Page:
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Published by Ali Raza Syed

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Categories:Types, Research
Published by: Ali Raza Syed on May 03, 2011
Copyright:Attribution Non-commercial


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One variant of neocolonialism theory critiques the existence of cultural colonialism, the

desire of wealthy nations to control other nations' values and perceptions through cultural

means, such as media, language, education and religion, ultimately for economic reasons.

One element of this is a critique of "Colonial Mentality" which writers have traced well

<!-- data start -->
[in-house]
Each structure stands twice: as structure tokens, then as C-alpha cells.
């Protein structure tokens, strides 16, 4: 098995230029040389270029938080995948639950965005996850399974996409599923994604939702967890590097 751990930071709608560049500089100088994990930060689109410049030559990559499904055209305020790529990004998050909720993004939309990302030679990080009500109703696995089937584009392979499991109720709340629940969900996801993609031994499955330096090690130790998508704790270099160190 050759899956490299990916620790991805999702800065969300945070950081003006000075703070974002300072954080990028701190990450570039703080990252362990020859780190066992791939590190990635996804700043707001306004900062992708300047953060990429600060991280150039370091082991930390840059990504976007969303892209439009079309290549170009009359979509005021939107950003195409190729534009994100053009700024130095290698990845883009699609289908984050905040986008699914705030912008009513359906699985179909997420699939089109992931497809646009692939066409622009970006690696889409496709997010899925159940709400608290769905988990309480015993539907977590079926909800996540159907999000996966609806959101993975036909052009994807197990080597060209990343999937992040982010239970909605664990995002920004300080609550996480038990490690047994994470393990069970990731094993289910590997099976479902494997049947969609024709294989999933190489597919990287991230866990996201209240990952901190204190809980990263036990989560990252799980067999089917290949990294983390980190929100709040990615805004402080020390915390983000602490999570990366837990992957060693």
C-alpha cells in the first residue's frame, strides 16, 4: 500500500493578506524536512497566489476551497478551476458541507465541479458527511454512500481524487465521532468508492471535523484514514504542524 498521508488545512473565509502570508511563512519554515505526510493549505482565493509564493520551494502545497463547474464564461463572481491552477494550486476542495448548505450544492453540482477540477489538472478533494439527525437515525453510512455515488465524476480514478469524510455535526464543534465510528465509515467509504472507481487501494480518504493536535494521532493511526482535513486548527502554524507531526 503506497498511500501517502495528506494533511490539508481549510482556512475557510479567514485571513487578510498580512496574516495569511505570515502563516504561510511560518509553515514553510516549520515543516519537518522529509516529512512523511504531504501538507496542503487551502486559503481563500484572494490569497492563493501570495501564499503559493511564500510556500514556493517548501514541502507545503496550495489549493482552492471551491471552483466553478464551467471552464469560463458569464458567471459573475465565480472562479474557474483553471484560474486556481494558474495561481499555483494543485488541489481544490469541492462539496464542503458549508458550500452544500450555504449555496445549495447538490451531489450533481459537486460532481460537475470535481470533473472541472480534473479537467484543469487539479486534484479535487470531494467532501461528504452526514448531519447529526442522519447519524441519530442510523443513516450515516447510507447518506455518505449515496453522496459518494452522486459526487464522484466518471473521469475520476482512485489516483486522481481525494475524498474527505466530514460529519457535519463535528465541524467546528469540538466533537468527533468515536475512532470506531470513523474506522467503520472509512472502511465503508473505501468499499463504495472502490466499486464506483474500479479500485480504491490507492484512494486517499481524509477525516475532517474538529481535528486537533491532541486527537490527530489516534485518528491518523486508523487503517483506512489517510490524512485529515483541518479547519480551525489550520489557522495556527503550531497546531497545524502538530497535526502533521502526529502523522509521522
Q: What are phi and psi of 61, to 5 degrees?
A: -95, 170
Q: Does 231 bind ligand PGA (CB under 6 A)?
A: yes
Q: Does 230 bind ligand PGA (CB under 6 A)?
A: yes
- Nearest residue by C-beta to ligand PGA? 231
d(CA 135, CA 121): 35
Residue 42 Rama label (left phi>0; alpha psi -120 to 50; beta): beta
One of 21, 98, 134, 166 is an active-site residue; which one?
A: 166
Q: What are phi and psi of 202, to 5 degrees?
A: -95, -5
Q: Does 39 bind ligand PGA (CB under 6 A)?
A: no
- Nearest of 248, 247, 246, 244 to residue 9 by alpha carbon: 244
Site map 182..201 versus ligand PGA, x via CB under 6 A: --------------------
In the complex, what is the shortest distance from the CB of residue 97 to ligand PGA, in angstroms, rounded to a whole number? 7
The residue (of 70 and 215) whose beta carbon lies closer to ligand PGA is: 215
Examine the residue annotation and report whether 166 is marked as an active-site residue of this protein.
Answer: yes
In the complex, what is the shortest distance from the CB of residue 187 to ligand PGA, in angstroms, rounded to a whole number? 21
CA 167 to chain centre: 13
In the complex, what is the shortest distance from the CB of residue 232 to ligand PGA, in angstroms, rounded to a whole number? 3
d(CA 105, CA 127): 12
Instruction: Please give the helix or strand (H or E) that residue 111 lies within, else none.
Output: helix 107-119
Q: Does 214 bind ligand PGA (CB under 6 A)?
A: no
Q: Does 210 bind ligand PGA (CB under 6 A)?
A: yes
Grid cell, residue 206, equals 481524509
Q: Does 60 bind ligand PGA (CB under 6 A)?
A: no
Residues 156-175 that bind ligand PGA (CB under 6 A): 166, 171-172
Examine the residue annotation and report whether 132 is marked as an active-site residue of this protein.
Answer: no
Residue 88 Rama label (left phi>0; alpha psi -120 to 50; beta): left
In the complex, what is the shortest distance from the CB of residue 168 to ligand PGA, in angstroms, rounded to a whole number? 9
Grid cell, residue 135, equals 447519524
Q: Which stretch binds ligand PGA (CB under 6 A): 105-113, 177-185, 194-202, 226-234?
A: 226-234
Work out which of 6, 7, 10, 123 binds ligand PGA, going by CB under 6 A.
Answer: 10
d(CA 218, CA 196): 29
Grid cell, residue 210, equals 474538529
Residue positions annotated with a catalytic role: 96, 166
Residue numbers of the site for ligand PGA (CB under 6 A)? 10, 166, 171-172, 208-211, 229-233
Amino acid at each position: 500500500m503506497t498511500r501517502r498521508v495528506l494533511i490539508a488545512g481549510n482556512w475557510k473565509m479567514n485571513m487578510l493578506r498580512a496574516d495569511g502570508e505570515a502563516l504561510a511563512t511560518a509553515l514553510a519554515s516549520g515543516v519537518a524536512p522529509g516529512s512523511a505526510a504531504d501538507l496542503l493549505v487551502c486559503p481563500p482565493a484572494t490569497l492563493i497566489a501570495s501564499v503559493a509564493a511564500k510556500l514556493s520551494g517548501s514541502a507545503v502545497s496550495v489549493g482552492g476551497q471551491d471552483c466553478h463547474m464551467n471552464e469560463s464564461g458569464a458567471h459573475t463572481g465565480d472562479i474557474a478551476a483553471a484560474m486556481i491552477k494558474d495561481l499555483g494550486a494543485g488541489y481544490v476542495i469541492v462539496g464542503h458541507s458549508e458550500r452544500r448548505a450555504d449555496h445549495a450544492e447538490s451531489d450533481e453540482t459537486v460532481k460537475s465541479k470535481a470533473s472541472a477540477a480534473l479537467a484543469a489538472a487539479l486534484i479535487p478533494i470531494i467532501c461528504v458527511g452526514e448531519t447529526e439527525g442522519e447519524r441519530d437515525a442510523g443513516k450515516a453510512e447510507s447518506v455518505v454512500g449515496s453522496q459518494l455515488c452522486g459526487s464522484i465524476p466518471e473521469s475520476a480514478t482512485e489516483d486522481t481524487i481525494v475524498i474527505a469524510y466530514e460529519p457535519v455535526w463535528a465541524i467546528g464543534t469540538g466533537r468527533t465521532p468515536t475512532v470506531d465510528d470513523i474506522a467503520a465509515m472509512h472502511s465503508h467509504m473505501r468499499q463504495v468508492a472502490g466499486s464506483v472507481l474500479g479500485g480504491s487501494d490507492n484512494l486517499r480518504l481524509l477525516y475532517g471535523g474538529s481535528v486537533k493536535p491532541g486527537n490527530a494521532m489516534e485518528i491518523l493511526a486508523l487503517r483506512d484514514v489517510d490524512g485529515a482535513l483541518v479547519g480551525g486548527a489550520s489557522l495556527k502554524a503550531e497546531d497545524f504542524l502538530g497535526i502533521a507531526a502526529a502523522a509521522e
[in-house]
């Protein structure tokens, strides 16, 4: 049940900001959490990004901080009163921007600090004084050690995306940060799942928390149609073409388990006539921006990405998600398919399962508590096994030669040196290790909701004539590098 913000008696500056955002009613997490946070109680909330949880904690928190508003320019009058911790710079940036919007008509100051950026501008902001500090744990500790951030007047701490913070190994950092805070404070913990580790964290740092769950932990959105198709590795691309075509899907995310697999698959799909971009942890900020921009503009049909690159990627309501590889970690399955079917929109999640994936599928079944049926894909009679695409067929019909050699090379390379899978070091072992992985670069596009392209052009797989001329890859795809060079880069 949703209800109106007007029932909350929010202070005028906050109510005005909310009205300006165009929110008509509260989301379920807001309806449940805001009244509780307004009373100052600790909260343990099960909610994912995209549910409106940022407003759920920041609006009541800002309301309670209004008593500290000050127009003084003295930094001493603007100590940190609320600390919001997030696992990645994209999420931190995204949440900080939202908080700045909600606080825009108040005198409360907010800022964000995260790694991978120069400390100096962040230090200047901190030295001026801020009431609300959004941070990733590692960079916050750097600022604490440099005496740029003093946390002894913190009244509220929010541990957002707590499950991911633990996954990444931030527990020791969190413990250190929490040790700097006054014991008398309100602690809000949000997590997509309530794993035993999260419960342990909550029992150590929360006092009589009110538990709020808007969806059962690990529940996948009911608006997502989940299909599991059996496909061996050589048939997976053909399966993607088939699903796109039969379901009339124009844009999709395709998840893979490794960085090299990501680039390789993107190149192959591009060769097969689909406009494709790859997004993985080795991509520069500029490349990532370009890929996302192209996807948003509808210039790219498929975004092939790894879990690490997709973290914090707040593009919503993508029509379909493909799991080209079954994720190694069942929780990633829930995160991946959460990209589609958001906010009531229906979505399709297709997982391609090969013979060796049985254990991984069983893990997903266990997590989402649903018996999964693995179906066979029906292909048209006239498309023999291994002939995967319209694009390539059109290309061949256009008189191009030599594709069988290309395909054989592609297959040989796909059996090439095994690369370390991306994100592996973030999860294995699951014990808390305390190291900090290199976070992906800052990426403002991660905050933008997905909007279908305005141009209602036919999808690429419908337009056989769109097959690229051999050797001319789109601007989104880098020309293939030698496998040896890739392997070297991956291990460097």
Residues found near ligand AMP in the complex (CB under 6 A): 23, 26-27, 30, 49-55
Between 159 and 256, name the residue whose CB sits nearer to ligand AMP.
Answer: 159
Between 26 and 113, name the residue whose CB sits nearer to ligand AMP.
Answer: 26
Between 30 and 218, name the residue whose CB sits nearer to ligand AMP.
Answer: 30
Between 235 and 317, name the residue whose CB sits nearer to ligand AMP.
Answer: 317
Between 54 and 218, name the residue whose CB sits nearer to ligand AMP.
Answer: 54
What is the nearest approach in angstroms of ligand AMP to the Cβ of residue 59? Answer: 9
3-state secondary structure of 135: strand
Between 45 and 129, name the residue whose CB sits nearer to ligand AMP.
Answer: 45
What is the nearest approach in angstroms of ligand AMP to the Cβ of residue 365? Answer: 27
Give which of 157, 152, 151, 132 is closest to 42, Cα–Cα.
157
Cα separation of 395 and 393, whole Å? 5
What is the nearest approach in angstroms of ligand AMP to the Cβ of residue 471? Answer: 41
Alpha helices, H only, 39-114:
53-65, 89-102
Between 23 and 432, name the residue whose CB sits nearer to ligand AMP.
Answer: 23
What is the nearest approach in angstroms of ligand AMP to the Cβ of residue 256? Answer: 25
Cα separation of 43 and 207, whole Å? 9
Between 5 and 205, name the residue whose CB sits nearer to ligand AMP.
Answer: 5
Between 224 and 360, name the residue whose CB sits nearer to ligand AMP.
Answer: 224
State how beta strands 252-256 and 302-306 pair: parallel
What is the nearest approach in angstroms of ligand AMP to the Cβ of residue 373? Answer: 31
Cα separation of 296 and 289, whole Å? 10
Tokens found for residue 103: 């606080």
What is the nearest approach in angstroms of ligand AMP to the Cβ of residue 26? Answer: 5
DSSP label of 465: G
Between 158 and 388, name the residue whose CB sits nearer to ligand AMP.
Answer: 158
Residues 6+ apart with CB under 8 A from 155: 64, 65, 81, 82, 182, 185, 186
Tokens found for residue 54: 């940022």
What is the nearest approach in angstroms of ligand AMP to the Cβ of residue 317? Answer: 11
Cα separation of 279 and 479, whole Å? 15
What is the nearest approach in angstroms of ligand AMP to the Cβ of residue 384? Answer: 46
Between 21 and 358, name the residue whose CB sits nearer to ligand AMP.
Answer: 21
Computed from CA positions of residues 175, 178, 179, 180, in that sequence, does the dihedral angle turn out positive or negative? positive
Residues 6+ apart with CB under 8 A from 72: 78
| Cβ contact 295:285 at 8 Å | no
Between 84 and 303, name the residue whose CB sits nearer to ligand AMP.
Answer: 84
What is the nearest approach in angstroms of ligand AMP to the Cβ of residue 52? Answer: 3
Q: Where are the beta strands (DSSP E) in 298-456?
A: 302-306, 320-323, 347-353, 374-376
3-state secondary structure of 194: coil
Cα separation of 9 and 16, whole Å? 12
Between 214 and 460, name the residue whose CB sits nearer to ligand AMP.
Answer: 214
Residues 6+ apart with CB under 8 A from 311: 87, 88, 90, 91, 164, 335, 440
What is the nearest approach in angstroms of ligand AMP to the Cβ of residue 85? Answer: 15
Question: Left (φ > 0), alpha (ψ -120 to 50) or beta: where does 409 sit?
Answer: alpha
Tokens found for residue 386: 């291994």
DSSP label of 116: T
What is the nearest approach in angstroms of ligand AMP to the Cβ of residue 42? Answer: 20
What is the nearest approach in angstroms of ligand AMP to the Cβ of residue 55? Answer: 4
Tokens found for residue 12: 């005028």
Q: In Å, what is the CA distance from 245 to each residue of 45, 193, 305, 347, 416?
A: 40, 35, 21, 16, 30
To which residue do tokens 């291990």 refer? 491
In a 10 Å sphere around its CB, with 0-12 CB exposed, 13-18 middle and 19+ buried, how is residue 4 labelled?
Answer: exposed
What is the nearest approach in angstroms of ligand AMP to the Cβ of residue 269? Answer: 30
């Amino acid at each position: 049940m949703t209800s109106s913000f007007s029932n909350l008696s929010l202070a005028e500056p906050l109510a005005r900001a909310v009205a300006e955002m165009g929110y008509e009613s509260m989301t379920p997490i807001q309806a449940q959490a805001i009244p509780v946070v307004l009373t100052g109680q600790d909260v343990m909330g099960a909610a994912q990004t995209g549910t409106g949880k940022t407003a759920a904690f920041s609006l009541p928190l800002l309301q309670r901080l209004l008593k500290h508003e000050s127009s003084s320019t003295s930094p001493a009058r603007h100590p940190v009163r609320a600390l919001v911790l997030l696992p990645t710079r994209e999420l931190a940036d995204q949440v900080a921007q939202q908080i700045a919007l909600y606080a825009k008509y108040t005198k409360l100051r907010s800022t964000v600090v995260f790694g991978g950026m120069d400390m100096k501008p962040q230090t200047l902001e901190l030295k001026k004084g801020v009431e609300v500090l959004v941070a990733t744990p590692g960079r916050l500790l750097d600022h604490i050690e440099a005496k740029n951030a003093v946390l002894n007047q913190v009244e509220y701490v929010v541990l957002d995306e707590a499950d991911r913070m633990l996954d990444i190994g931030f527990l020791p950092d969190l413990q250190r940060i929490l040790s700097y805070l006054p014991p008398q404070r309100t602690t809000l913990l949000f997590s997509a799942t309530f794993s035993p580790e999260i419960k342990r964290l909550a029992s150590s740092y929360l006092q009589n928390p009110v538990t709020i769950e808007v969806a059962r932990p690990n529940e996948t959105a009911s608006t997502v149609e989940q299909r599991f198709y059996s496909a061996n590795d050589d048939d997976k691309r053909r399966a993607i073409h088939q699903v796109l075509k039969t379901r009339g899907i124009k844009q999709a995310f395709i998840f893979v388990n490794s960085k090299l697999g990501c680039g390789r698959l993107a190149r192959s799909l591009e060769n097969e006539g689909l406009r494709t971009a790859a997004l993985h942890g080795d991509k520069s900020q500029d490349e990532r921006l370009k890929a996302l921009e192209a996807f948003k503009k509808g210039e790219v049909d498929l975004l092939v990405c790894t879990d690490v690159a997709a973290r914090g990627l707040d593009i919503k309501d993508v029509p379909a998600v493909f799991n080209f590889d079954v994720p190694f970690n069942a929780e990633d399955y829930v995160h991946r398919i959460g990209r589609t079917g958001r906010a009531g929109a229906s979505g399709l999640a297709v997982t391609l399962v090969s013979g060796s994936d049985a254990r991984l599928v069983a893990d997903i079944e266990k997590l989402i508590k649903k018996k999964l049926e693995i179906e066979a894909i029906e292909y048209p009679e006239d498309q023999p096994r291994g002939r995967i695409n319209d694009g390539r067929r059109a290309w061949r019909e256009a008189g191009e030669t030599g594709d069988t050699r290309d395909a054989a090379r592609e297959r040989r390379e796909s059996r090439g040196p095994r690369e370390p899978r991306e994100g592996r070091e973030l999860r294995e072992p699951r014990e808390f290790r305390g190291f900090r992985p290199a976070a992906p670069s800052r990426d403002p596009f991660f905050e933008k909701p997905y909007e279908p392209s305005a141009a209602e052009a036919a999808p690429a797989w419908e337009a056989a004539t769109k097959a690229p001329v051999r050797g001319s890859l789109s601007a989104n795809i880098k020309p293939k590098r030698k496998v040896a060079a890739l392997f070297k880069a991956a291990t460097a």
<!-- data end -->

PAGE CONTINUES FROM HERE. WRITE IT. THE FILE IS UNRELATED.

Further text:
beyond the legacy of 19th century colonial empires. These critics argue that people, once

subject to colonial or imperial rule, latch onto physical and cultural differences between

the foreigners and themselves, leading some to associate power and success with the

foreigners' ways. This eventually leads to the foreigners' ways being regarded as the

better way and being held in a higher esteem than previous indigenous ways. In much the

same fashion, and with the same reasoning of better-ness, the colonized may over time

equate the colonizers¶ race or ethnicity itself as being responsible for their superiority.

Cultural rejections of colonialism, such as the Negritude movement, or simply the

embracing of seemingly authentic local culture are then seen in a post colonial world as a

necessary part of the struggle against domination. By the same reasoning, importation or

continuation of cultural mores or elements from former colonial powers may be regarded

as a form of Neocolonialism.

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